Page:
Plants' biological structures could be useful for biomaterial production
London, August 15 (ANI): Plants exhibit an enormous range of mechanical properties, depending on the arrangement of a cell wall's four main building blocks: cellulose, hemicellulose, lignin and pectin, an MIT researcher has found.
Understanding plants' microscopic organization may help engineers design new, bio-inspired materials, according to Lorna Gibson, the Matoula S. Salapatas Professor of Materials Science and Engineering at MIT who has compiled data on the microstructures of a number of different plants, from apples and potatoes to willow and spruce trees.
Like wooden beams reinforcing a house, cell walls make up the structural supports of all plants. Depending on how the cell walls are arranged, and what they are made of, a plant can be as flimsy as a reed, or as sturdy as an oak.
"If you look at engineering materials, we have lots of different types, thousands of materials that have more or less the same range of properties as plants. But here the plants are, doing it arranging just four basic constituents. So maybe there's something you can learn about the design of engineered materials," Gibson says.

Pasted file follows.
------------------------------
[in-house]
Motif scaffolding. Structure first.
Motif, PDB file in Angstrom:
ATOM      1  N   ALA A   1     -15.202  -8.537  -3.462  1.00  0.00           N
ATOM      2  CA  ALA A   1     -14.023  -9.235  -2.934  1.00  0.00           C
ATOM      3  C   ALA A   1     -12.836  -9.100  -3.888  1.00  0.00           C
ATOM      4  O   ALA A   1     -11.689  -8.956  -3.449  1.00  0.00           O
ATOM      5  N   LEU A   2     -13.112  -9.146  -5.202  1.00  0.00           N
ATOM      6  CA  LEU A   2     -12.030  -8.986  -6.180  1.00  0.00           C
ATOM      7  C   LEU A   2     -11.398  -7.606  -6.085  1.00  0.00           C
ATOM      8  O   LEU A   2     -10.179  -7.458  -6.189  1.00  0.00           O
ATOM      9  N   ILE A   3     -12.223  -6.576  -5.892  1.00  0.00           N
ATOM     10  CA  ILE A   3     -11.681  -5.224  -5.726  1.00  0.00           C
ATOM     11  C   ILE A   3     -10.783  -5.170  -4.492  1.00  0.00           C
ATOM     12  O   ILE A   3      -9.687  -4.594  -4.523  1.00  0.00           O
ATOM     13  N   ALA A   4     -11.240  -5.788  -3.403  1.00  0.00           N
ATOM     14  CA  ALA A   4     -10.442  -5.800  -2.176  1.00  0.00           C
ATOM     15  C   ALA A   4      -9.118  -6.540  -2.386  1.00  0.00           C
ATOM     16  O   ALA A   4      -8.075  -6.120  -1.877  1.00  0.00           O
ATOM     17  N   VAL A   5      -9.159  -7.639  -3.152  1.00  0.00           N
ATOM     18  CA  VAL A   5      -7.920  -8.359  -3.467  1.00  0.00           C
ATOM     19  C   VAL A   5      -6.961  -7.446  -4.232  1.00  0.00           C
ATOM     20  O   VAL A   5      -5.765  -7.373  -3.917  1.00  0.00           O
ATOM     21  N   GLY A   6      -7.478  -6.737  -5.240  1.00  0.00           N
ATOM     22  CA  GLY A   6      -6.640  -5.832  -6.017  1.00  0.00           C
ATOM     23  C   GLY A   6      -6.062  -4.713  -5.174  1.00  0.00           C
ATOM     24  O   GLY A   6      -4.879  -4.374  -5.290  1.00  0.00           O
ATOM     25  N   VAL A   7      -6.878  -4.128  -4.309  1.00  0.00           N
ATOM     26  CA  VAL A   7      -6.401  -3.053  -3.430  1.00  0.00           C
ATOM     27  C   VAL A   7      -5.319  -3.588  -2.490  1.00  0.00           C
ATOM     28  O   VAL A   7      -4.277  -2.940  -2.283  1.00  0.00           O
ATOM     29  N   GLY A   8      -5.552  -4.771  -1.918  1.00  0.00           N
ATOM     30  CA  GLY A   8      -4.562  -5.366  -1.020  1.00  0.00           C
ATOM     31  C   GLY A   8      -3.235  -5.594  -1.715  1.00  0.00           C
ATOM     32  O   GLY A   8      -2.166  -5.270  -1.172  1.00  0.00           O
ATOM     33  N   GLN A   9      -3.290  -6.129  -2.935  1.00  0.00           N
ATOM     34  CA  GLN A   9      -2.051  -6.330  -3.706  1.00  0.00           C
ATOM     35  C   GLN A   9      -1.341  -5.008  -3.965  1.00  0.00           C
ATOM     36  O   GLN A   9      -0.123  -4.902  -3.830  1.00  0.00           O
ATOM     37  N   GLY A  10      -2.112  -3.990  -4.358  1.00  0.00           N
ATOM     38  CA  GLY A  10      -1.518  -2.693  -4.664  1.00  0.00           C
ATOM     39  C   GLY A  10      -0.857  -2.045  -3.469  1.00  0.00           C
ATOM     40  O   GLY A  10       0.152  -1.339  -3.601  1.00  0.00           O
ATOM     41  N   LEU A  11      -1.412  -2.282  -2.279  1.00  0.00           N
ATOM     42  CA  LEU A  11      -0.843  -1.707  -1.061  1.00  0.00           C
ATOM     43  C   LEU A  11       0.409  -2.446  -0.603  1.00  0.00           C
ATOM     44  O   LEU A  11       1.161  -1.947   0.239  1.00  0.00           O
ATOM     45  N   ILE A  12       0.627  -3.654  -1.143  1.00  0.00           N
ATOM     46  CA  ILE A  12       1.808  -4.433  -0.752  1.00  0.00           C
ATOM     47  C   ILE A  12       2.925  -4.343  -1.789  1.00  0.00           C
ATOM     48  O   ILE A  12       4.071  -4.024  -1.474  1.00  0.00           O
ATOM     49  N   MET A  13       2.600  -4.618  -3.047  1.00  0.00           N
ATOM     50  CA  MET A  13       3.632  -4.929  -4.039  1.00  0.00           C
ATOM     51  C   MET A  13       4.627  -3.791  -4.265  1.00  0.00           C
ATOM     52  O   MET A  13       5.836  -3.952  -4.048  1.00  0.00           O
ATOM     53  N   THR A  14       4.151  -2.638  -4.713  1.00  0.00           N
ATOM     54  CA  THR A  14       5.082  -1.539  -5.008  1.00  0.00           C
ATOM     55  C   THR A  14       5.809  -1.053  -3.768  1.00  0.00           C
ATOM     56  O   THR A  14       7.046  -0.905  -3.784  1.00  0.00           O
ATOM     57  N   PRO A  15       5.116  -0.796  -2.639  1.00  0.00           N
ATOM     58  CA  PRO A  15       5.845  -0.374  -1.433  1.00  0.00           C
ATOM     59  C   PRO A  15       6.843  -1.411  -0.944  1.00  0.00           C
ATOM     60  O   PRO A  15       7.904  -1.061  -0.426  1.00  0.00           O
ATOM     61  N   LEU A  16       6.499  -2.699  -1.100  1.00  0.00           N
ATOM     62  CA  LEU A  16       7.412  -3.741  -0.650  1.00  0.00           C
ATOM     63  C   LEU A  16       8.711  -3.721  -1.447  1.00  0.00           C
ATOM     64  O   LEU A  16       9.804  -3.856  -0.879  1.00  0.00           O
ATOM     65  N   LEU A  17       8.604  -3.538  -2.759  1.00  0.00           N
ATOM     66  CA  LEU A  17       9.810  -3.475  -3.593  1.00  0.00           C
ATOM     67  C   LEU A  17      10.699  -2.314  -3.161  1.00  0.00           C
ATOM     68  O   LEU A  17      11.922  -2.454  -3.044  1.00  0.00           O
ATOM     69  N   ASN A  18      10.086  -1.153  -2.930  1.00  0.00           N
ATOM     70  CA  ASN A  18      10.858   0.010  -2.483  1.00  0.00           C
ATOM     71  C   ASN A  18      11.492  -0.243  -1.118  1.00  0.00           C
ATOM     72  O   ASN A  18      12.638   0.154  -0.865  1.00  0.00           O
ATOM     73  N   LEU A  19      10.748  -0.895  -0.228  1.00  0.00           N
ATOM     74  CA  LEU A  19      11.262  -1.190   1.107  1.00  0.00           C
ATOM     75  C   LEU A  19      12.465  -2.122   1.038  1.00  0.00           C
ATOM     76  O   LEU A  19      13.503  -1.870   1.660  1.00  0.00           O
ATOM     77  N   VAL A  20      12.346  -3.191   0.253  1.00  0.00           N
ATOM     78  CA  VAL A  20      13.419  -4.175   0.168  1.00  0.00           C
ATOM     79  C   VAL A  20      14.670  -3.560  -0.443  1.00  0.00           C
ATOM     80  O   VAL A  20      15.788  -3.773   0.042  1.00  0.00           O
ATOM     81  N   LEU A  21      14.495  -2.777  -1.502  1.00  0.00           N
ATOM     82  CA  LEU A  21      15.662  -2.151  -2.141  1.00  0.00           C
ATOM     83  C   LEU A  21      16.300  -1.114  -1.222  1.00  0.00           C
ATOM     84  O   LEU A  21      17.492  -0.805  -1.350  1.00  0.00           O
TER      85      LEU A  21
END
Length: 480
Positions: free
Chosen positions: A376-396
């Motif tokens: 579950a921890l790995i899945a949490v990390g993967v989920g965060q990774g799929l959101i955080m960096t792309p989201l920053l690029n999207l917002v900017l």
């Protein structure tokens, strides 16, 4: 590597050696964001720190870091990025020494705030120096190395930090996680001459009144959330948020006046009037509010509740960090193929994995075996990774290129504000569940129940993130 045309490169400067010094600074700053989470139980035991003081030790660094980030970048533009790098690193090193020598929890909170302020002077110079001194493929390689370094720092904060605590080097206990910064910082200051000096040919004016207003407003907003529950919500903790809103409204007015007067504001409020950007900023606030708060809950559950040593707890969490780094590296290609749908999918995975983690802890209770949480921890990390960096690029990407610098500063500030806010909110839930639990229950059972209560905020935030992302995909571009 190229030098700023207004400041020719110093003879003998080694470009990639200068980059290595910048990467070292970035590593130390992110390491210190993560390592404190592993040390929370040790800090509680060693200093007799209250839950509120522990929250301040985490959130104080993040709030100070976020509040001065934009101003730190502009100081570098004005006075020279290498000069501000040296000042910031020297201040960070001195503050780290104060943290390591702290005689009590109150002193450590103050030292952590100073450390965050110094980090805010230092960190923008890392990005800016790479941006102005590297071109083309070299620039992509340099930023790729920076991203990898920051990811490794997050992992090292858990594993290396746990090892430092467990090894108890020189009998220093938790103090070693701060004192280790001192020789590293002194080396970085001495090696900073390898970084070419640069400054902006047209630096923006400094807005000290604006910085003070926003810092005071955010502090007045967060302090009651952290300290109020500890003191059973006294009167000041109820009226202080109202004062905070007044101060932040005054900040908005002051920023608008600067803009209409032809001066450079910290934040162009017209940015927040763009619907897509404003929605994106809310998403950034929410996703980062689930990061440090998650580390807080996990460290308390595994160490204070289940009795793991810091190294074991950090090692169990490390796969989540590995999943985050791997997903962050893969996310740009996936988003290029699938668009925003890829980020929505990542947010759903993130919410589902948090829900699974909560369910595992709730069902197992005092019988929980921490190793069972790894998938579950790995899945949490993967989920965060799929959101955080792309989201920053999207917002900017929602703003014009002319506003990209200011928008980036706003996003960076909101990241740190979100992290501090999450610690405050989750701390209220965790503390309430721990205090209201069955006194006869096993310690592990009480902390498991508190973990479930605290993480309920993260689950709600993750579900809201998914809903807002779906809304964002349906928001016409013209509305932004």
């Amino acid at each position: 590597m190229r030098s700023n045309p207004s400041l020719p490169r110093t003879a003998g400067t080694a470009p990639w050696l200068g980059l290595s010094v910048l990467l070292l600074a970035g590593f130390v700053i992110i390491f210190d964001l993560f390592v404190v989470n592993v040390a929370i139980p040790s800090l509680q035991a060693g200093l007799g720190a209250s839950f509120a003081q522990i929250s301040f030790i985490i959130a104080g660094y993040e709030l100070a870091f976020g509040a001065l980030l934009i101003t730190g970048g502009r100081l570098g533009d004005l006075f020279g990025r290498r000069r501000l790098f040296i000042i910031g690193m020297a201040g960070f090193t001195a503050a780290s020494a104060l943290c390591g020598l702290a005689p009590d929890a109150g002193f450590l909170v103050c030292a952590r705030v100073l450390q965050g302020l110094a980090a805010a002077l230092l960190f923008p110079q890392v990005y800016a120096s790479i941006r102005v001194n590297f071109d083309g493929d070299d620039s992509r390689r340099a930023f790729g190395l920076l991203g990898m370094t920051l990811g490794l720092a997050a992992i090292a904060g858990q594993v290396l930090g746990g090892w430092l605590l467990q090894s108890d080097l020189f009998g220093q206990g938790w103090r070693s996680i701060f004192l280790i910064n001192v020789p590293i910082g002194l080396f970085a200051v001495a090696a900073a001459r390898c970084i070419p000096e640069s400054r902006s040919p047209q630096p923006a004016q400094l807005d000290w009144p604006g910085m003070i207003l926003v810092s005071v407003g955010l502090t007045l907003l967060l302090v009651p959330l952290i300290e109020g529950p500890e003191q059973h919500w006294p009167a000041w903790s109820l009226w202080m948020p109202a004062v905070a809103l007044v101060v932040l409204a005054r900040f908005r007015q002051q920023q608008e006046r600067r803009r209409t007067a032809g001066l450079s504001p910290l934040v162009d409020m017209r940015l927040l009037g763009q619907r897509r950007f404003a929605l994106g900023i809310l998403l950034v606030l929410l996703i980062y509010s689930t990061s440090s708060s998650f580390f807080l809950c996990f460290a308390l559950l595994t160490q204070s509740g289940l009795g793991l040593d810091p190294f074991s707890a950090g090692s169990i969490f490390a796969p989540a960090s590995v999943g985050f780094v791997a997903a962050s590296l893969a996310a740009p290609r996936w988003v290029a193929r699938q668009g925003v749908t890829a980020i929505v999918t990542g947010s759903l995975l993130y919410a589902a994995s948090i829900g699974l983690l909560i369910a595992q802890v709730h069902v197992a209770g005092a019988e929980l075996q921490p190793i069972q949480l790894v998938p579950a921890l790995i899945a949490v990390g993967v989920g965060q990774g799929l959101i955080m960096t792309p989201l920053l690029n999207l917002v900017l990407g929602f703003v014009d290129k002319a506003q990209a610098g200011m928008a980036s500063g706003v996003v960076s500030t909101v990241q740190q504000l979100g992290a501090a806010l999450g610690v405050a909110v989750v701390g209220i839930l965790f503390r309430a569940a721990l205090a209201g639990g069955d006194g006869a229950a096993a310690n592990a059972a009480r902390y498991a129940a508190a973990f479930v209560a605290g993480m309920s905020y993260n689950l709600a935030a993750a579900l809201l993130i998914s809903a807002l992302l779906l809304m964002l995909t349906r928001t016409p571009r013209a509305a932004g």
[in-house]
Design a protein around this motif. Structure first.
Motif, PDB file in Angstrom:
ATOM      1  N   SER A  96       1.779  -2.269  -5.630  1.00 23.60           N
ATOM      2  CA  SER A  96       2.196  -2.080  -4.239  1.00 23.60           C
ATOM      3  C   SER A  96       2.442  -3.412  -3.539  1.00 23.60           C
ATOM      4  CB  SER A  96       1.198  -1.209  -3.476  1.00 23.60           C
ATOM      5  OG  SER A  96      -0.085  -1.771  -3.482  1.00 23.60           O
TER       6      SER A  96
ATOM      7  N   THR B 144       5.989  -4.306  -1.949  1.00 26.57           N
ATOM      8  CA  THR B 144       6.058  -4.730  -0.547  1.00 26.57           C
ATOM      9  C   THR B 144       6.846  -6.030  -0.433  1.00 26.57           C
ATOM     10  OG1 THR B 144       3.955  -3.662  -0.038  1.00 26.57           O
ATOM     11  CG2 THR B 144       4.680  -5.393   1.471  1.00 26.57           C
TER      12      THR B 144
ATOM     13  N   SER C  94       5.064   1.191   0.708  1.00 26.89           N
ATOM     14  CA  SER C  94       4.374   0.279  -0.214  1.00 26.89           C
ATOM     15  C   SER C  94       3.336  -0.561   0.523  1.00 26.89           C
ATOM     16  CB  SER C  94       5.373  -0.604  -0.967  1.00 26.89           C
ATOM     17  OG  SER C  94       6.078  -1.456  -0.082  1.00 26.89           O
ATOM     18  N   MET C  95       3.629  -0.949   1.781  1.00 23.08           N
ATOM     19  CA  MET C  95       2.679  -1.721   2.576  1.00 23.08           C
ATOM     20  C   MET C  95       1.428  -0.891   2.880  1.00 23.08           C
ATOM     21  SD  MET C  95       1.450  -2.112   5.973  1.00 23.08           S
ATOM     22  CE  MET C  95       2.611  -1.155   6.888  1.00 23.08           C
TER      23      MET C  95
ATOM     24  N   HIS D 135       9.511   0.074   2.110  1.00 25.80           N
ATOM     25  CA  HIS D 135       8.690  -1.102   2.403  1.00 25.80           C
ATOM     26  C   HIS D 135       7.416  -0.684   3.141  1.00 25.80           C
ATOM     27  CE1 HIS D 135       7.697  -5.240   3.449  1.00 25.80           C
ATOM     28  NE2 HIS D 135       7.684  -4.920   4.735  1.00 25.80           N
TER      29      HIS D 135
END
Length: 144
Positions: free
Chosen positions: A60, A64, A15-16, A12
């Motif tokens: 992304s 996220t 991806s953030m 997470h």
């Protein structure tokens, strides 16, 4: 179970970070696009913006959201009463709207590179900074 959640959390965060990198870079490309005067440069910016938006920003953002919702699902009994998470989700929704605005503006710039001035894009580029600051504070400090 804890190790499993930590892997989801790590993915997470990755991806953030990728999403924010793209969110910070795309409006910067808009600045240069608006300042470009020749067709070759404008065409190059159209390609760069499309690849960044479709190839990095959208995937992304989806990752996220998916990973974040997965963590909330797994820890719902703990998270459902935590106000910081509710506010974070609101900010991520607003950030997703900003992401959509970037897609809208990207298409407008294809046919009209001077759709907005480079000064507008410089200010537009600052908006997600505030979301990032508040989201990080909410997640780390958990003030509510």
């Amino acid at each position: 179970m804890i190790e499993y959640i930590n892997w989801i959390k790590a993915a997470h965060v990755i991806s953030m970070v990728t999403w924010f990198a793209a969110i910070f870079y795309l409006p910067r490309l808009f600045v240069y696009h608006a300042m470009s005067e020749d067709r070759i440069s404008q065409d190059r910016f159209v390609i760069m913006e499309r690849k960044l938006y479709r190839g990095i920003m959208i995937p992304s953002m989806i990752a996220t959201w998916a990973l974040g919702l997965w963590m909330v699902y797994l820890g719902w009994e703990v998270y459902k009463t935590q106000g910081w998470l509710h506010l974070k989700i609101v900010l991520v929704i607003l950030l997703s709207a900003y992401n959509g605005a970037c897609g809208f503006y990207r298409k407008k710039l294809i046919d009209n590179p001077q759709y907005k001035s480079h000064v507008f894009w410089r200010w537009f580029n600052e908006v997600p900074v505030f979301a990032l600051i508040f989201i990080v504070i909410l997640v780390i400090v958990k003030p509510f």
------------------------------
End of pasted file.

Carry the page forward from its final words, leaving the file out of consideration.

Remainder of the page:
To Gibson, a cell wall's components bear a close resemblance to certain manmade materials. For example, cellulose, hemicellulose and lignin can be as stiff and strong as manufactured polymers. A plant's cellular arrangement can also have engineering parallels: cells in woods, for instance, are aligned, similar to engineering honeycombs, while polyhedral cell configurations, such as those found in apples, resemble some industrial foams.
To explore plants' natural mechanics, Gibson focused on three main plant materials: woods, such as cedar and oak; parenchyma cells, which are found in fruits and root vegetables; and arborescent palm stems, such as coconut trees. She compiled data from her own and other groups' experiments and analyzed two main mechanical properties in each plant: stiffness and strength.
Among all plants, Gibson observed wide variety in both properties. Fruits and vegetables such as apples and potatoes were the least stiff, while the densest palms were 100,000 times stiffer. Likewise, apples and potatoes fell on the lower end of the strength scale, while palms were 1,000 times stronger.
It turns out the large range in stiffness and strength stems from an intricate combination of plant microstructures: the composition of the cell wall, the number of layers in the cell wall, the arrangement of cellulose fibers in those layers, and how much space the cell wall takes up.
A paper detailing Gibson's findings has been published this month in the Journal of the Royal Society Interface. (ANI)
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